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The one thing stopping you from diving into VR can’t stop you anymore

June 1st, 2016 at 11:23 AM
AMD Radeon RX 480 Graphics Card

AMD wants everyone to be able to experience virtual reality.

Taking the stage at Computex this week, AMD unveiled its new Polaris architecture-based Radeon RX 480 graphics card, which features more than 5 teraflops of computing power, requires 150W of power to run and costs just $199.

DON’T MISS: Microsoft has a brilliant plan to conquer VR with its HoloLens platform

To put that price into perspective, Nvidia’s new flagship GTX 1080 costs $599, while the more affordable GTX 1070 will retail for $379 when it launches later this month. For almost half the price of Nvidia’s budget-conscious option, PC gamers will be able to upgrade their machines into the realm of VR compatibility.

There’s no question that the RX 480 won’t compete with the GTX 1080 when it comes to performance, but during the reveal event, AMD senior VP Raja Koduri claimed that two 480 GPUs in the same PC actually outperform the GTX 1080 (and for $200 less). According to The Verge, he proved his point by showing the game Ashes of the Singularity running on two 480 cards vs. one 1080, and the two AMD cards were indeed able to maintain a higher frame rate throughout.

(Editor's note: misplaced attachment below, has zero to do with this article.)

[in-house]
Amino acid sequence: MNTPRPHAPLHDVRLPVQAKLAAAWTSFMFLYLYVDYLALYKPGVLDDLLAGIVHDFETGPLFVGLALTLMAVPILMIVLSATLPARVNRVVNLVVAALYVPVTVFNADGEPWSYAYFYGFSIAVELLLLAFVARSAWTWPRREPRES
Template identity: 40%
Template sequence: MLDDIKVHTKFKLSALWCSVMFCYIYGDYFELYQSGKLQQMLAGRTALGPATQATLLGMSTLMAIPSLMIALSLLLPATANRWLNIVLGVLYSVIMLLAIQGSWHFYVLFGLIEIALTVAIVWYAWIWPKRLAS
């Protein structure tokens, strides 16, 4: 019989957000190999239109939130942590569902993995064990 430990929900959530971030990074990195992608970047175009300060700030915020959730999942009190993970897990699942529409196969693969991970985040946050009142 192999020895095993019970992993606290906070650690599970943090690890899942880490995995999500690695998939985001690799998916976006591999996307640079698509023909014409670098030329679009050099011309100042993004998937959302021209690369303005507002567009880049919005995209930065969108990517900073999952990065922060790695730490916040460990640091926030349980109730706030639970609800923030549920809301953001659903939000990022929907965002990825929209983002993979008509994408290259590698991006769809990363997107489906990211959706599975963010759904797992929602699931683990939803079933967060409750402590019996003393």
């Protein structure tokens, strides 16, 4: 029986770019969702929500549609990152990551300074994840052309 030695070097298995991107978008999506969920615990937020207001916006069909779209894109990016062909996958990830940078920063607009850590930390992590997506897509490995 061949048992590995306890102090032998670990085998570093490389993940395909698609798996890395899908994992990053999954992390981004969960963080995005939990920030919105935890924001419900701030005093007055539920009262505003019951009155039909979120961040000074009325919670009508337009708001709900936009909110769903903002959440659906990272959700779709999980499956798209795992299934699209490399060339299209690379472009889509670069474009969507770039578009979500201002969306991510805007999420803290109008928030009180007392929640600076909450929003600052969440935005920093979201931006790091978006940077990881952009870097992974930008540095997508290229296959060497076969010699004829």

“As we look to fully connect and immerse humanity through VR, cost remains the daylight between VR being only for the select few, and universal access for everyone,” said Koduri in a press release. “The Radeon RX Series is a disruptive technology that adds rocket fuel to the VR inflection point, turning it into a technology with transformational relevance to consumers.”

Nvidia’s cards are undoubtedly going to dominate the high-end market, but for everyone else who wants to become VR-ready on a budget, the RX 480 might be the way to go. 4GB and 8GB configurations of the AMD GPU will be available starting at $199 on June 29th.

Jacob started covering video games and technology in college as a hobby, but it quickly became clear to him that this was what he wanted to do for a living. He currently resides in New York writing for BGR. His previously published work can be found on TechHive, VentureBeat and Game Rant.




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